In several regions, the effect of soil moisture shifts on EF is connected to regime shifts between the different soil moisture experiments (see Figs. 2d–f and 3). However, the effect on EF is not only limited to the regions that exhibit regime shifts between the soil moisture experiments; soil moisture changes within one soil moisture regime can also have an impact on climate. Moreover, the strong dependency of EF on soil moisture is not necessarily translated into effects on TX; a good example of this is the Sahel region, where soil moisture impacts EF but effects on TX are rather low. An area with particularly high impacts of soil moisture on TX is Europe. This region is of special interest because the experiment-based TX response clearly exceeds the framework-based response (Fig. 3j–o), although Europe shows different soil moisture regime shares in the CTL and Clim20C experiments (Fig. 2d–f); thus, one would expect that the framework-based estimates show a strong TX response. As discussed above, the discrepancy between the experiment- and framework-based estimates points to additional feedbacks (such as circulation changes or soil moisture–precipitation feedbacks) that are not captured by the framework-based estimation, but might be important for soil moisture–temperature coupling in Europe.
The soil moisture effect on TX is generally expected to be strongest for extreme conditions (Fischer and Schär, 2009; Hirschi et al., 2011; Seneviratne et al., 2016; Vogel et al., 2017). This is confirmed by our results which show a larger effect from shifts of the first soil moisture percentile than for mean soil moisture shifts (Figs. 3j–o and 4d–e) as well as pronounced impacts on TXx (Fig. 5). However, these results have to be interpreted with some caution, since the Clim20C and ClimCTL soil moisture experiments are limited to prescribed soil moisture climatologies and consequently have different soil moisture distributions than CTL; this difference primarily affects the tails of the soil moisture distributions. Moreover, incorrect soil moisture regime classifications – which result in incorrect sensitivity estimations – affect the results more strongly during very low soil moisture conditions than during average soil moisture conditions. Since soil moisture mostly impacts extremes during low soil moisture conditions, the estimated soil moisture contributions to TXx are especially affected by possible incorrect sensitivity estimations.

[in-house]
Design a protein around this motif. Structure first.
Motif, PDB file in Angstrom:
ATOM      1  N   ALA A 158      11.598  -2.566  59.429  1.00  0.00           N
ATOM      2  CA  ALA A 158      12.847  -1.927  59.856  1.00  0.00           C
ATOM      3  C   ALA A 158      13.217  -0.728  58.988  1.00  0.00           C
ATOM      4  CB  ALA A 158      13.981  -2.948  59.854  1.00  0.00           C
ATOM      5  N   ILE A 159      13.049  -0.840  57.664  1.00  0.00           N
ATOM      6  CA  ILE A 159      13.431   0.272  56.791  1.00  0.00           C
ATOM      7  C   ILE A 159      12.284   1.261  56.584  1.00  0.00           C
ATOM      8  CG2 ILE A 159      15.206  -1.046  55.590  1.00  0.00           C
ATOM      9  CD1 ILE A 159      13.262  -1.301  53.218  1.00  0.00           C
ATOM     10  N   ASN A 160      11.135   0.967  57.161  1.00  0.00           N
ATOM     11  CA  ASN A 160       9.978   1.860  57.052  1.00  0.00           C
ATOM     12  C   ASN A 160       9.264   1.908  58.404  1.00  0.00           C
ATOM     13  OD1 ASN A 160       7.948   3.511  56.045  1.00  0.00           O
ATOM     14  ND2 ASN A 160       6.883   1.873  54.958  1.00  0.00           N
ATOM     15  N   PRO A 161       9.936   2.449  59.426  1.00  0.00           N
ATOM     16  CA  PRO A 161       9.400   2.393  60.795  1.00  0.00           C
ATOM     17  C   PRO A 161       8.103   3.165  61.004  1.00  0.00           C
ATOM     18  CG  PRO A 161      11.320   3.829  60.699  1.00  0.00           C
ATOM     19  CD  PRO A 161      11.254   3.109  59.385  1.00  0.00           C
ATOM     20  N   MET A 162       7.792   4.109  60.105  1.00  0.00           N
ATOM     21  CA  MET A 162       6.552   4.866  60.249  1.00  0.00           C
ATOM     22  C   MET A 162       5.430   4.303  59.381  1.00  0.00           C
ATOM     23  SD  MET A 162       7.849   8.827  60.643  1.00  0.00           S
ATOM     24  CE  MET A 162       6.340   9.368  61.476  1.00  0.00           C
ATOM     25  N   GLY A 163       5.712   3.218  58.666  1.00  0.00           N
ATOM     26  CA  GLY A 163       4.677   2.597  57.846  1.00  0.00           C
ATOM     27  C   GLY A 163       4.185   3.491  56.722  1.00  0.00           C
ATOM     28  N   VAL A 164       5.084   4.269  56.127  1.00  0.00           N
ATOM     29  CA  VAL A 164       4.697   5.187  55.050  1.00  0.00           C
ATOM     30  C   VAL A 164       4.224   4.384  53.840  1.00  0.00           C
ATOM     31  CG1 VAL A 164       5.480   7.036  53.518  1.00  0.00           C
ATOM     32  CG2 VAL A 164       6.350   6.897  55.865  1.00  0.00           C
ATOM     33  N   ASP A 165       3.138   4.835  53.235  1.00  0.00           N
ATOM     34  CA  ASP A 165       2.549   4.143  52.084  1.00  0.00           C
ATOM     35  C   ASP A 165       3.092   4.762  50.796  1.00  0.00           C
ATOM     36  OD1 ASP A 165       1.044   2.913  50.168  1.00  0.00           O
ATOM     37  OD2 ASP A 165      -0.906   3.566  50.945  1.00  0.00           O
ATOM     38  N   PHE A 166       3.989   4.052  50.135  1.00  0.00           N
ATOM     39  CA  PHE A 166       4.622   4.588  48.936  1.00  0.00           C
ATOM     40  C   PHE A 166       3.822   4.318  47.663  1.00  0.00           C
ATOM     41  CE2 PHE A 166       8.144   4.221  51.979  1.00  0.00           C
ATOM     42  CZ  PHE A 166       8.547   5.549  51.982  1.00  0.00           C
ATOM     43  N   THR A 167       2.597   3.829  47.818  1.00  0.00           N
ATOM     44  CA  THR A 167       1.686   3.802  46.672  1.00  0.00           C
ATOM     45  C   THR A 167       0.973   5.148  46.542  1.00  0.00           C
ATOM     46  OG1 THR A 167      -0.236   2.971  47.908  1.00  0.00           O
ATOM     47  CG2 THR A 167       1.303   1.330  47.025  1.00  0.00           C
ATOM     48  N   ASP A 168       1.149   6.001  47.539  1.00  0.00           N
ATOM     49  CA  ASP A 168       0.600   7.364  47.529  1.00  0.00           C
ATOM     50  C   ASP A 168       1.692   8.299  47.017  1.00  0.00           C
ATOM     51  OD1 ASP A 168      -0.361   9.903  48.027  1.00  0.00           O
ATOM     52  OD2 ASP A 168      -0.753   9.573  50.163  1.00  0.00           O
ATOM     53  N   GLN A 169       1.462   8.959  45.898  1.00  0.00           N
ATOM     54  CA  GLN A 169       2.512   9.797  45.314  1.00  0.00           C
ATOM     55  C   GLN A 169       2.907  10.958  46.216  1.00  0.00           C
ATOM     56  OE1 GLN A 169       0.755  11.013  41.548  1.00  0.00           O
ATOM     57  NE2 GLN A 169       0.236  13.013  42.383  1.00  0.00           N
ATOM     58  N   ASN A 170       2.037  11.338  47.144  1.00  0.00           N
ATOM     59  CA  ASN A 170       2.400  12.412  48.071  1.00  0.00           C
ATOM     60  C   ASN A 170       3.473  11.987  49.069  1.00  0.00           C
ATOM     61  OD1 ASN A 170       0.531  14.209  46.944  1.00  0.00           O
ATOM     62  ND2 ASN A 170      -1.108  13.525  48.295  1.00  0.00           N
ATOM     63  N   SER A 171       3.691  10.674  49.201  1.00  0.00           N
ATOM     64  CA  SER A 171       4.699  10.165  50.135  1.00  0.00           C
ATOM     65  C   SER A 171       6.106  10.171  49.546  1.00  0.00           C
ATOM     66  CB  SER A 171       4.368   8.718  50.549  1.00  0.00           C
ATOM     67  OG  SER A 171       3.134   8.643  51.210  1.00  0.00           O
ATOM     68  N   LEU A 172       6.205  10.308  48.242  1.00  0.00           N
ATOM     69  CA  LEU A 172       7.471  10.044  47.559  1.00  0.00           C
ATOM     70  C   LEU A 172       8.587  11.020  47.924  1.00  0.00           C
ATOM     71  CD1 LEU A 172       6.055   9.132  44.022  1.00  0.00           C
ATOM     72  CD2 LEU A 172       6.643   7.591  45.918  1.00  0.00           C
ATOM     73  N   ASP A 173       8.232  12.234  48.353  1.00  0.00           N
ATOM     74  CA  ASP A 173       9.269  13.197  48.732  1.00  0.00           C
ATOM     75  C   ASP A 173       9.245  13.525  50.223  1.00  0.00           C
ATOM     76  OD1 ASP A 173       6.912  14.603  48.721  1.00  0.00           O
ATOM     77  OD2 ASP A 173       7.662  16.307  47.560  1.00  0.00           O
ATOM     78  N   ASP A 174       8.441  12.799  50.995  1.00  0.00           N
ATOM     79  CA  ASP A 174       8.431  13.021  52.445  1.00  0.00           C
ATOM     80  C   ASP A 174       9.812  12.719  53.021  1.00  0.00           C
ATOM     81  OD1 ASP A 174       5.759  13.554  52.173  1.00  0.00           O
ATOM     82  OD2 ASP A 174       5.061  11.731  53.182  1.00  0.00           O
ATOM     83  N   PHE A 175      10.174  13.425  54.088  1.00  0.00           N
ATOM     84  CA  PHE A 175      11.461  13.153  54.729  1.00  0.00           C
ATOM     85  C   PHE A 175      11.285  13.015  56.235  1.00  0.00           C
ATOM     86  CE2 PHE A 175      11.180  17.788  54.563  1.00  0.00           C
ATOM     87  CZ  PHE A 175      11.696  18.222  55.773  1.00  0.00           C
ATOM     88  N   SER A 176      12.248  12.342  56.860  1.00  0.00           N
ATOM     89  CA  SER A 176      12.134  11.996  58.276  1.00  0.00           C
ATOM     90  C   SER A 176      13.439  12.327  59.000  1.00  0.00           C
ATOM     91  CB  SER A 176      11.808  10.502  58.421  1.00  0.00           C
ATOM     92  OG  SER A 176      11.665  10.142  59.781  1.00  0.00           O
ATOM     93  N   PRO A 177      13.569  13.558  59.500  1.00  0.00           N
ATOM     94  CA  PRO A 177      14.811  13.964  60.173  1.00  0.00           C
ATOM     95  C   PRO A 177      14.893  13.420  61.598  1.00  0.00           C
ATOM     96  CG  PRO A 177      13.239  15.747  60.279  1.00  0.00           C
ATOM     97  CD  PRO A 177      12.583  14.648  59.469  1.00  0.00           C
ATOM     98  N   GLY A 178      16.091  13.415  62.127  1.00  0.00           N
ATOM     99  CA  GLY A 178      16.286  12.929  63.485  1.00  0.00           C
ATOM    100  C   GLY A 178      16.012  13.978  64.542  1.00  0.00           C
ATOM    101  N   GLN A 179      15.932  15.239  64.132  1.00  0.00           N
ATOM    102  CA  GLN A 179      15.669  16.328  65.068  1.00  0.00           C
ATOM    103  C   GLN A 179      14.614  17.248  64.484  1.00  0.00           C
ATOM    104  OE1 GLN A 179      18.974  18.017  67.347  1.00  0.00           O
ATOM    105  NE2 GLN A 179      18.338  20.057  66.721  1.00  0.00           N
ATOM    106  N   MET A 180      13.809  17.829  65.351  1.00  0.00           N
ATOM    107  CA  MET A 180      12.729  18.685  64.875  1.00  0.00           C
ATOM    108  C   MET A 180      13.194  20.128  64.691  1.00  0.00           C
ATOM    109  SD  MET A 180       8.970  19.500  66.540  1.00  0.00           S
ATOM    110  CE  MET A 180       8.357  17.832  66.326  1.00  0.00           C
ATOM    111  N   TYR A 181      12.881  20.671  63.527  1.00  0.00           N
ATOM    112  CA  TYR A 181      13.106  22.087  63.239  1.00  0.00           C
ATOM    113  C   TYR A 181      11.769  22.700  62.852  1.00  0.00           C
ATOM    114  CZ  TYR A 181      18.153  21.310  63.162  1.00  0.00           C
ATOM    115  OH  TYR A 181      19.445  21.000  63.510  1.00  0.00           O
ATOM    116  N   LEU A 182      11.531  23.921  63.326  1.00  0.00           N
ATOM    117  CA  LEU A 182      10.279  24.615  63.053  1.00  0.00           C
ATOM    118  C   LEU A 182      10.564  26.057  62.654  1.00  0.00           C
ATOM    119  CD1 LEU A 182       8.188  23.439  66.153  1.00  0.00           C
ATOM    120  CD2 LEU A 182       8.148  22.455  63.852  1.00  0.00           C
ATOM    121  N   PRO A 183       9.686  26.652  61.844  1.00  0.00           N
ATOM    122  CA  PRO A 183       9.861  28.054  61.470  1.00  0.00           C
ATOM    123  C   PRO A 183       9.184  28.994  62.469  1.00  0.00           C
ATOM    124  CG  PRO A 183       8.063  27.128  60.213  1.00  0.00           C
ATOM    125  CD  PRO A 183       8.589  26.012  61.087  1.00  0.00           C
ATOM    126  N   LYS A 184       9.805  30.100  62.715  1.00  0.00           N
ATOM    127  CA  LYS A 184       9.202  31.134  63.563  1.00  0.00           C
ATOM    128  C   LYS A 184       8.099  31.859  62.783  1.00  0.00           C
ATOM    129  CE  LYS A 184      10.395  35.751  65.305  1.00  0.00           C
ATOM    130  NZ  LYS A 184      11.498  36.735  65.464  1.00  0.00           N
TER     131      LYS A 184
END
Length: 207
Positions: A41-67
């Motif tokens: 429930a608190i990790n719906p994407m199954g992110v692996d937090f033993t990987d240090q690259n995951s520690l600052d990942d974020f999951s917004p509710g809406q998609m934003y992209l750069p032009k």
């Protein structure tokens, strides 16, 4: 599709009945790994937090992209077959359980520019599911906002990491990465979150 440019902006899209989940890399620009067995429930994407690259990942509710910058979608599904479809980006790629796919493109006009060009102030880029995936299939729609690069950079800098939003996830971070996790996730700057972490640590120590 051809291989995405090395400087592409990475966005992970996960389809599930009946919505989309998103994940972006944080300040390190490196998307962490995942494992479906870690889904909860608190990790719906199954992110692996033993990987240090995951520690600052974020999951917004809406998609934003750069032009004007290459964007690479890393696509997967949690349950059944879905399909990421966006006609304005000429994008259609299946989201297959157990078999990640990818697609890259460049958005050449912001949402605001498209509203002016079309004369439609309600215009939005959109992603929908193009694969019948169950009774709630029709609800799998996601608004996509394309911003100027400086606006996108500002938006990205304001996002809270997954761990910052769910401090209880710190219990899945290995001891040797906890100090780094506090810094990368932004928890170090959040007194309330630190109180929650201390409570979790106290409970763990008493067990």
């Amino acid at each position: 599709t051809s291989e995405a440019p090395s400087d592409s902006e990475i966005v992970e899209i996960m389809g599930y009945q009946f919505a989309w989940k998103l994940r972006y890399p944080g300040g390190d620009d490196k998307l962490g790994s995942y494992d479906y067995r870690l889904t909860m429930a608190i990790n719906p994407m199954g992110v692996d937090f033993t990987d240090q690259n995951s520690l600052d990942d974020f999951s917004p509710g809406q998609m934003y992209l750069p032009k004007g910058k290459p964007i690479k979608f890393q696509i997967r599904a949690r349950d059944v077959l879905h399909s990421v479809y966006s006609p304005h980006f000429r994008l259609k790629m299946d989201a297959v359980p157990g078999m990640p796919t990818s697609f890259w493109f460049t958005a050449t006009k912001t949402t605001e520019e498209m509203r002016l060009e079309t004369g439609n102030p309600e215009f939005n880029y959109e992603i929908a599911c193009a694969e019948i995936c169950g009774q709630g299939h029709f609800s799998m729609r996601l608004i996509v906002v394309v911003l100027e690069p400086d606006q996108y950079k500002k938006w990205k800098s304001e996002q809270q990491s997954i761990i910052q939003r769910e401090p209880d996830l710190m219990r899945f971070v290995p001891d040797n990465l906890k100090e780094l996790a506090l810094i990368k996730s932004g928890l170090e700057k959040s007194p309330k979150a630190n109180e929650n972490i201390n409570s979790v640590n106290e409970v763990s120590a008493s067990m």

Soil moisture effects on TXx are particularly strong in the southern US/Mexico, Europe, and western Australia. Vogel et al. (2017), whose results we attempt to confirm here by calculating soil moisture contributions to TXx from the framework-based estimates, showed that considering soil moisture effects is important for explaining the large TXx increases in the abovementioned regions. The results of the present study are in agreement with the conclusions of Vogel et al. (2017). Note that the two studies do not use the exact same GLACE-CMIP5 model (sub-)ensemble, and the results consequently reveal some marginal differences.
While the framework-based soil moisture effects on TXx yield similar results to those directly obtained from the GLACE-CMIP5 experiments in many regions (Fig. 6), there are large differences especially for central Europe, where the framework-based estimates predict a smaller soil moisture effect than those directly estimated from the GLACE-CMIP5 experiments. Again, this fact hints at secondary feedbacks triggered by soil moisture shifts between the GLACE-CMIP5 experiments. These secondary effects on TXx seem to be largest in Europe, while in the other regions investigated the direct soil moisture effect explains most of the observed differences.